• The water in the sump does not go up and down. That allows for stable skimmer operation and unchanged level sensors such as the automatic freshwater top off sensor.
  • The aquarist is less likely to remember to do regular monthly manual water changes than setting up an automated continuous water change system once.

Saltwater Storage

My seawater storage mix tank is a 50-gallon plastic barrel. It has a float switch at the bottom to sense when the new water runs out. The sensor is connected to my Neptune Systems Apex aquarium controller. The aquarium controller powers the dosing pump controller. When the fresh saltwater runs out, the float switch activates, and the system controller turns off the pump controller. That way the saltwater does not continue to be pumped out of the sump.

Quarantine Tank

Normally only two pumps are needed for a water change. I added a 10 gallon Quarantine Tank (QT) and third pump to provide several advantages to the quarantine system.

  • Relatively clean and chemically balanced display tank water is continuously run through the quarantine system.
  • Large automatic water changes (in my case 17% per day or 510% per month) eliminate the need for QT water testing, service and adjustments.
  • Animals in quarantine become familiar with their ultimate destination’s water chemistry. This allows for no acclamation and little stress when moved.
  • The QT is always perfectly ready for those impulse buys. Just keep the heater on.

This one-way water flow from main system to quarantine system to drain isolates the main system from any parasites or diseases in the quarantine system. I still use a hang on the back filter as a backup and for water flow.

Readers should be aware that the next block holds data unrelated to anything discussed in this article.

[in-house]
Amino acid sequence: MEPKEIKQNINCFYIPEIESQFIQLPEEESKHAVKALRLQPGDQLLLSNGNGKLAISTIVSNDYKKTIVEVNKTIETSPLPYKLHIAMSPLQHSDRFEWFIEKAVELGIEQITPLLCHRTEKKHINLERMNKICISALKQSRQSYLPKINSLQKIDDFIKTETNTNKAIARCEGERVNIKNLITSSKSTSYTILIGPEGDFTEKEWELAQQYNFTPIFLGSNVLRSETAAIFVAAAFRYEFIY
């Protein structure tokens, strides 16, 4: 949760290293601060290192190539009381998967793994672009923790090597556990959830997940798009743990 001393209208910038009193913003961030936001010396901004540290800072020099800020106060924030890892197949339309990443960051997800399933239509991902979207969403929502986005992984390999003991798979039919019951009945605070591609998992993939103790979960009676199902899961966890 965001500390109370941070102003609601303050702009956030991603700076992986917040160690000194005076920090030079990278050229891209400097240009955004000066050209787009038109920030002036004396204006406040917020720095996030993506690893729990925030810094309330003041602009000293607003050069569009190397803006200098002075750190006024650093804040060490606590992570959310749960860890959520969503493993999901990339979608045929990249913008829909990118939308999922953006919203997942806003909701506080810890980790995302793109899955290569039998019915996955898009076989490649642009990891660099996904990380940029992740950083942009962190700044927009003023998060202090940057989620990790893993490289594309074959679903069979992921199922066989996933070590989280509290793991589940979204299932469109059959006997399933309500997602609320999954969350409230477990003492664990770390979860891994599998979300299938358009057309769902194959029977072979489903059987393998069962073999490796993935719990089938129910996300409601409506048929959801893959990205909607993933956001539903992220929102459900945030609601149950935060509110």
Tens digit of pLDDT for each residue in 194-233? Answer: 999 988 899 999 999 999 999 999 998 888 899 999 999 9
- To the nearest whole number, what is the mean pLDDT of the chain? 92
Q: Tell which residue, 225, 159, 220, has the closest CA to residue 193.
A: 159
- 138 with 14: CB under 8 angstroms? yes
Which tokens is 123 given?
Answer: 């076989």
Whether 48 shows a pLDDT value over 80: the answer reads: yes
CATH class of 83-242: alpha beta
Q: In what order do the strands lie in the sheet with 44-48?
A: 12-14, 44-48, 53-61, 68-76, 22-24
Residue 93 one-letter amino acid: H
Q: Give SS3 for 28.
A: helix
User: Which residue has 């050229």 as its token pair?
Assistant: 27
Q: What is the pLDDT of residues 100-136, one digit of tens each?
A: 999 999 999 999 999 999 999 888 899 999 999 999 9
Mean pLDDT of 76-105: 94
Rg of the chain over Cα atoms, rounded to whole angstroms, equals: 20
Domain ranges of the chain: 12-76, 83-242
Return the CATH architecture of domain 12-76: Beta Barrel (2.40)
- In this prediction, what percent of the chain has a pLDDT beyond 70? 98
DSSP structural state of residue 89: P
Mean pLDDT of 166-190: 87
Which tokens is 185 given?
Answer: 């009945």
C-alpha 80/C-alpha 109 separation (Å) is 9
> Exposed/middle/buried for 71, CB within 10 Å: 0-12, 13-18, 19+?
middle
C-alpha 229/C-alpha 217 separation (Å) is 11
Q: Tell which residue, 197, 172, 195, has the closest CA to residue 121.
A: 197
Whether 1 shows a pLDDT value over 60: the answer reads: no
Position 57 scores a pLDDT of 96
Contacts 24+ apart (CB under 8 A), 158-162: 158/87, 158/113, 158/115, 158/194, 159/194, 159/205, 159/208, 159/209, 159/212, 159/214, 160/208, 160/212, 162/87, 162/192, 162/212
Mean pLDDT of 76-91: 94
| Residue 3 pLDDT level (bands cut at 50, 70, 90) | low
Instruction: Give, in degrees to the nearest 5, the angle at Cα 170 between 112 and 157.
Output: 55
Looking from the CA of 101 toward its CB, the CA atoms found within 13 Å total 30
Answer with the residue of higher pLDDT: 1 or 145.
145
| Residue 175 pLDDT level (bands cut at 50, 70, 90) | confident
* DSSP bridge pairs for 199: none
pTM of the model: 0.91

New Saltwater

I am fortunate to live where I can get free natural sand-filtered seawater. I normally do not need to mix up synthetic saltwater, but I still periodically use it. Whenever there is a rainstorm the natural seawater phosphate level will spike from storm drain runoff and I avoid using it. I equipped the new seawater storage barrel with additional equipment to semi automate new synthetic saltwater mixing. I start by manually turning off the dosing pump controller. I then open a ¼ tube valve from my RO/DI water filter. This puts water directly into the storage barrel. When the barrel is full, a mechanically actuated float valve at the top of the barrel automatically stops the input. Once full, I close the valve, add about 15 pounds of salt, and turn on a mixing power head installed in the barrel. Once it has mixed for a day, I turn the dosing controller back on.

As mentioned above I do not need to use a heater in the mixing storage container. Such small volumes are dosed into the sump that there is no chance of temperature-shocking the animals.

Conclusion

Automatic water changes using dosing pumps provide several advantages to the aquarist of which the most important is that this key aquarium service step will get done on a regular basis.  Setting up an automatic water change system will eliminate one of the most dreaded aquarium service tasks and make your aquarium more enjoyable. I hope this example on my system will help you enjoy your aquarium more.

Happy marine aquarium servicing.